David Eagleman is a neuroscientist and a New York Times bestselling author. He heads the Center for Science and Law, a national non-profit institute, and serves as an adjunct professor at Stanford University. He is best known for his work on sensory substitution, time perception, brain plasticity, synesthesia, and neurolaw.
Beyond his 100+ academic publications, he has published many popular books. His bestselling book Incognito: The Secret Lives of the Brain, explores the neuroscience "under the hood" of the conscious mind: all the aspects of neural function to which we have no awareness or access. His work of fiction, SUM, is an international bestseller published in 28 languages and turned into two operas. Why the Net Matters examines what the advent of the internet means on the timescale of civilizations. The award-winning Wednesday is Indigo Blue explores the neurological condition of synesthesia, in which the senses are blended. The Runaway Species, co-authored with music composer Anthony Brandt, explores the neuroscience and behavior behind human creativity.
Eagleman is a TED speaker, a Guggenheim Fellow, a winner of the McGovern Award for Excellence in Biomedical Communication, a Next Generation Texas Fellow, Vice-Chair on the World Economic Forum's Global Agenda Council on Neuroscience & Behaviour, a research fellow in the Institute for Ethics and Emerging Technologies, Chief Scientific Advisor for the Mind Science Foundation, and a board member of The Long Now Foundation. He has served as an academic editor for several scientific journals. He was named Science Educator of the Year by the Society for Neuroscience, and was featured as one of the Brightest Idea Guys by Italy's Style magazine. He is founder of the company BrainCheck and the cofounder of the company NeoSensory. He was the scientific advisor for the television drama Perception, and has been profiled on the Colbert Report, NOVA Science Now, the New Yorker, CNN's Next List, and many other venues. He appears regularly on radio and television to discuss literature and science.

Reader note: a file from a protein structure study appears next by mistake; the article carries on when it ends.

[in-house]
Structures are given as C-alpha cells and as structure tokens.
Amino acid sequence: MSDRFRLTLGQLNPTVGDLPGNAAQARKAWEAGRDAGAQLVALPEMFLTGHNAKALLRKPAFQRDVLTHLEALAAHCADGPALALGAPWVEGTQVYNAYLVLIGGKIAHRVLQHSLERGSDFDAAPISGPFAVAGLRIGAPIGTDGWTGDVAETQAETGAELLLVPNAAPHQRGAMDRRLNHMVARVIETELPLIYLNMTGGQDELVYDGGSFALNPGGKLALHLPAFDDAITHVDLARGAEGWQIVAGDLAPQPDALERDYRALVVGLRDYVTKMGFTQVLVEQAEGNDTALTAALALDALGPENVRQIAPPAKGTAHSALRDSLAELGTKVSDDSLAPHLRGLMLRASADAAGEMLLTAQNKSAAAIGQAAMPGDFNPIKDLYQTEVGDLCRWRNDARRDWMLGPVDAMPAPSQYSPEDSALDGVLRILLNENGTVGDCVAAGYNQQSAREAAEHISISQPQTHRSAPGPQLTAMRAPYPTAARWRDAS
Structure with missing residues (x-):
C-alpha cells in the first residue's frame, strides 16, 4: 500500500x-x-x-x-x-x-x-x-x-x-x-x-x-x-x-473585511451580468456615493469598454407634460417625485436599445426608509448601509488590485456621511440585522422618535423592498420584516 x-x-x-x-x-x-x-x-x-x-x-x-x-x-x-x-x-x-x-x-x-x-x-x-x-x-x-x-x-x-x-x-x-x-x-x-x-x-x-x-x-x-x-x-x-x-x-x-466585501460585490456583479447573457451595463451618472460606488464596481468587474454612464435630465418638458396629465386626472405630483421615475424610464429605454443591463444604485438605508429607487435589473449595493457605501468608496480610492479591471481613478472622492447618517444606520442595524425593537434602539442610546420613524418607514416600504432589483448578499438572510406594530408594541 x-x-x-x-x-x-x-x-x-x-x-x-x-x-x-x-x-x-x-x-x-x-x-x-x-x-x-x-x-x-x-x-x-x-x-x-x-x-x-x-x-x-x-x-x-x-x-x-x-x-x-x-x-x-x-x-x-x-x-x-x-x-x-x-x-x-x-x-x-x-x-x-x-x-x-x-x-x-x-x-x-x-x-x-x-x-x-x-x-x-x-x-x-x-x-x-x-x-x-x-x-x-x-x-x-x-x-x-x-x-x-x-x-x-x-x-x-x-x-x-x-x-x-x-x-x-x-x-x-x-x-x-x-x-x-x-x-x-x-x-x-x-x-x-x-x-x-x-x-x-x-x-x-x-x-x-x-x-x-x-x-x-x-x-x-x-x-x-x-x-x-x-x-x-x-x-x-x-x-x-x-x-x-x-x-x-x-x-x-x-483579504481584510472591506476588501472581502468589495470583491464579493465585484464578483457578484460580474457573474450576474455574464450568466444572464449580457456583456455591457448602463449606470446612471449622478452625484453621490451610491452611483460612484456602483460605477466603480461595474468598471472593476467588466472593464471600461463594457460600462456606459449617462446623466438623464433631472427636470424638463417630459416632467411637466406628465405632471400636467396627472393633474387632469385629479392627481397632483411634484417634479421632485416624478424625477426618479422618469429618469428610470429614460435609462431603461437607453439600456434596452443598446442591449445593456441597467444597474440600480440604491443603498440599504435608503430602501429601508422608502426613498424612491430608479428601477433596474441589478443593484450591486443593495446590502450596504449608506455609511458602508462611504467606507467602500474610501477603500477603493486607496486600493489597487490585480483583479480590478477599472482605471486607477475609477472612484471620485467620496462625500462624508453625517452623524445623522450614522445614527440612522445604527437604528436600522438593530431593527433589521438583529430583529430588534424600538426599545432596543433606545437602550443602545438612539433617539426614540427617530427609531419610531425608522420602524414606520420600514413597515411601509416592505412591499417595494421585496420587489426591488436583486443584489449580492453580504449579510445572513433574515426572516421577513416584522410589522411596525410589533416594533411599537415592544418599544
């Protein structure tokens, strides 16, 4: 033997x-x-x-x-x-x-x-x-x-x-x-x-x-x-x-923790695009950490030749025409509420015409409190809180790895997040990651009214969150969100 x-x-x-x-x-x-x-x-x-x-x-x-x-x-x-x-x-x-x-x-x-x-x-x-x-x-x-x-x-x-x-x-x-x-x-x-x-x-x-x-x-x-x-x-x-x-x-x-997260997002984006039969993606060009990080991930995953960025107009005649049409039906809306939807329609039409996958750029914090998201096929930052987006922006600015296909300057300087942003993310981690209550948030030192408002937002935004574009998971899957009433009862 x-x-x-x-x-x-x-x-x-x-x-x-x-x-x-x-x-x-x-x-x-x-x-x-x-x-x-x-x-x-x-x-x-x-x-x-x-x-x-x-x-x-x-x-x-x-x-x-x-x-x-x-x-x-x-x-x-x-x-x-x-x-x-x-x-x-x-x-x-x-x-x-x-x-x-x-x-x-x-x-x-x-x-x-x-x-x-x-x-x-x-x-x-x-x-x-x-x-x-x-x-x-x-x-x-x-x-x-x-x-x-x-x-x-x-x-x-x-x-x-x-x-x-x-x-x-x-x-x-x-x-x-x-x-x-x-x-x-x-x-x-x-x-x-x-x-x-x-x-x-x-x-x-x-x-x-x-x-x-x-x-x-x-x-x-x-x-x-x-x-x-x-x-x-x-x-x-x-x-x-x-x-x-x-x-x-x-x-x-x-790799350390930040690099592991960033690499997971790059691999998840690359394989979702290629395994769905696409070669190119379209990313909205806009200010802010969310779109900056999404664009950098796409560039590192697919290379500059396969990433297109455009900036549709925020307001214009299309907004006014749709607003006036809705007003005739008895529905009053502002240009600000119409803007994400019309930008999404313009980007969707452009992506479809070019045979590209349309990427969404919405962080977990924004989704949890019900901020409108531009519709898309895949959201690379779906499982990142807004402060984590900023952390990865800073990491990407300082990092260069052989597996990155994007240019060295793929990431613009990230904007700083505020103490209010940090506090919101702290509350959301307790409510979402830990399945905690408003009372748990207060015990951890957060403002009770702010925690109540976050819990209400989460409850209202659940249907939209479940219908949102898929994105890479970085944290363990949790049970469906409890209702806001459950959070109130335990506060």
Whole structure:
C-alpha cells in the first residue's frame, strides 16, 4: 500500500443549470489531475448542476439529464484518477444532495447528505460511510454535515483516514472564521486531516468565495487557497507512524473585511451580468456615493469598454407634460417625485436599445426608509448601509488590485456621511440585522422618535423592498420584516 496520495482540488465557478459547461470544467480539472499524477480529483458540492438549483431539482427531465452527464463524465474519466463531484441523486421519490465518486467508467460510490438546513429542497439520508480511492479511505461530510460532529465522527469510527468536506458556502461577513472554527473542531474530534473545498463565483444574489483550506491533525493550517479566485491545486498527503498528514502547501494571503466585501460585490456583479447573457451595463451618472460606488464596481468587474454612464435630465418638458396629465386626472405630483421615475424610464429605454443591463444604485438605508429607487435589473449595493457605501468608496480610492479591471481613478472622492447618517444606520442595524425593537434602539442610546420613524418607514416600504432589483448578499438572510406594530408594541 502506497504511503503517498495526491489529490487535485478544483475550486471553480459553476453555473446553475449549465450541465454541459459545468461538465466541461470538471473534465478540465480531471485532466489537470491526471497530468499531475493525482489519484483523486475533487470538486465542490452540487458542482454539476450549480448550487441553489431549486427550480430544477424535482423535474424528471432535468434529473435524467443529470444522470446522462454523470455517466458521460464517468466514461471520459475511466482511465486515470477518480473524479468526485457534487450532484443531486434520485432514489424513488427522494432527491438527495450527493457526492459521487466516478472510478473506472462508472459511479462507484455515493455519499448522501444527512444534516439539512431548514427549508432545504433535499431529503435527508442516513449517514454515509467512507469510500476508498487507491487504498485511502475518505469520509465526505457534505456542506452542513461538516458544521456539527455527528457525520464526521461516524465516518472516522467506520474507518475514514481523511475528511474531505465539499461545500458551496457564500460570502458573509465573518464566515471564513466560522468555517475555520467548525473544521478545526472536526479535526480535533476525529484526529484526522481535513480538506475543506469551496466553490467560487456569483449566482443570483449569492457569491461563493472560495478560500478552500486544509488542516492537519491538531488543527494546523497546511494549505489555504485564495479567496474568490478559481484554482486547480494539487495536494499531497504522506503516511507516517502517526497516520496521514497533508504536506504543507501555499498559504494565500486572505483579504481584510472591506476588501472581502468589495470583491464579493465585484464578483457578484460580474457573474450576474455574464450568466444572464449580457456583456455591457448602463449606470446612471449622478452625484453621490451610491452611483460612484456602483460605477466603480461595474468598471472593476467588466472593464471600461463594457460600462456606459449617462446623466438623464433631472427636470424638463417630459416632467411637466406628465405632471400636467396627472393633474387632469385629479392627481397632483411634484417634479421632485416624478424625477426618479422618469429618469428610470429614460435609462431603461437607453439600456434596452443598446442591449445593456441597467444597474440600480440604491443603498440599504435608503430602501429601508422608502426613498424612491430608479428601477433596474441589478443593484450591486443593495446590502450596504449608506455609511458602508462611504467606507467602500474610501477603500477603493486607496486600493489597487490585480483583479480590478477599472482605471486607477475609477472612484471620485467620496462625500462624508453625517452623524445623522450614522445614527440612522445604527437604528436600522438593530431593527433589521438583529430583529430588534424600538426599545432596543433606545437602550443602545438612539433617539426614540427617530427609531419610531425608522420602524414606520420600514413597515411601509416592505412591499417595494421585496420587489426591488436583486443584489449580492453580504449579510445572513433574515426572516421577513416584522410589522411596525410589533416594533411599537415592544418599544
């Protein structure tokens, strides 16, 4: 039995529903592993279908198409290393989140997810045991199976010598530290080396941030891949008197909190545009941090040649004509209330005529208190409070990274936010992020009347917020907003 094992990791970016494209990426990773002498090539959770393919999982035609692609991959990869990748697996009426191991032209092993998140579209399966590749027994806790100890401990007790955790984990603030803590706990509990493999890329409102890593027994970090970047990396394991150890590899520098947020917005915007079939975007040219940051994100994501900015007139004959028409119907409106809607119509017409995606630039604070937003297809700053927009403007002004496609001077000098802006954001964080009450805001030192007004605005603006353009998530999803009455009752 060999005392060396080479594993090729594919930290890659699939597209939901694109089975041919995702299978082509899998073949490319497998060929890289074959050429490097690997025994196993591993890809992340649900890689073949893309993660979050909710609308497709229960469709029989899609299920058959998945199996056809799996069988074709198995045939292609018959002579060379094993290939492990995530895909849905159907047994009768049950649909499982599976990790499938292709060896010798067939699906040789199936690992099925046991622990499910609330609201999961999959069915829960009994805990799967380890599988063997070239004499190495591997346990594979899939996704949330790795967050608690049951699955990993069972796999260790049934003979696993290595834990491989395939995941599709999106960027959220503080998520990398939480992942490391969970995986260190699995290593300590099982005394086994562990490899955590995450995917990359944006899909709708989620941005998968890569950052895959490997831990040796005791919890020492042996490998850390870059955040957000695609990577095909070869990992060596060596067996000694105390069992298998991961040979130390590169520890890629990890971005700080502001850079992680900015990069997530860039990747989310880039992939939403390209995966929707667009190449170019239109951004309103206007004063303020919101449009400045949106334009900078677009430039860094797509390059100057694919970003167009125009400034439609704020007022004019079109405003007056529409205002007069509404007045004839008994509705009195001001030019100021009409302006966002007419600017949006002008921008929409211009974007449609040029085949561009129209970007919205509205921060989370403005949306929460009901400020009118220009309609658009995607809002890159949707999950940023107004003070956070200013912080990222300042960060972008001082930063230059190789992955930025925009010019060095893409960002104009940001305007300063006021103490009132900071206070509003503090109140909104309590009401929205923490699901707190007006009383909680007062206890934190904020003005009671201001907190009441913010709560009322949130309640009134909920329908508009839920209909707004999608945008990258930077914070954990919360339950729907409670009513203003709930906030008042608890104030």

In September, 2009, Sum became the number 2 book in the United Kingdom on Amazon's bestseller list, only behind Dan Brown's Lost Symbol.
Read David's new article in Wired magazine: "Apocalyse? No. Six Ways the Internet Will Save Civilization"
David has been named a John Simon Guggenheim Fellow. He will use the fellowship opportunity to pursue the genetics and neuroimaging of synesthesia.
In the wake of the Aurora movie theater shooting, many people had the same questions: What kind of derangement is indicated by the horrific acts of Ja
I performed a CT scan on Neskhons, an Egyptian mummy who I brought to our scanning facilities at Baylor College of Medicine.
I hosted a BBC radio documentary to explore the imagination of one of Italy's foremost writers, Italo Calvino.
I posted before about my scanning of a 3,000 year old mummy, Neskhons. Now, by analyzing the data in several different ranges of electron density, I'v
New paper in Nature describes the most highly detailed map of the human cortex so far.
I was named a CNN Next List Fellow. Watch two clips from the show.
Watch a talk I gave at the Long Now Foundation about my hopes that the advent of the internet will mitigate threats that brought down previo
Posthumanism asks what happens when our technologies allow humans to enhance intellectual, physical, and psychological capacities beyond what biology
Lately we've heard the concern about the ease with which disinformation spreads -- the problem of fake news. But is our era meaningfully differen
Designing how we would like to experience our universe...
Hear British rocker Jarvis Cocker read the short story "Descent of Species" from Sum.
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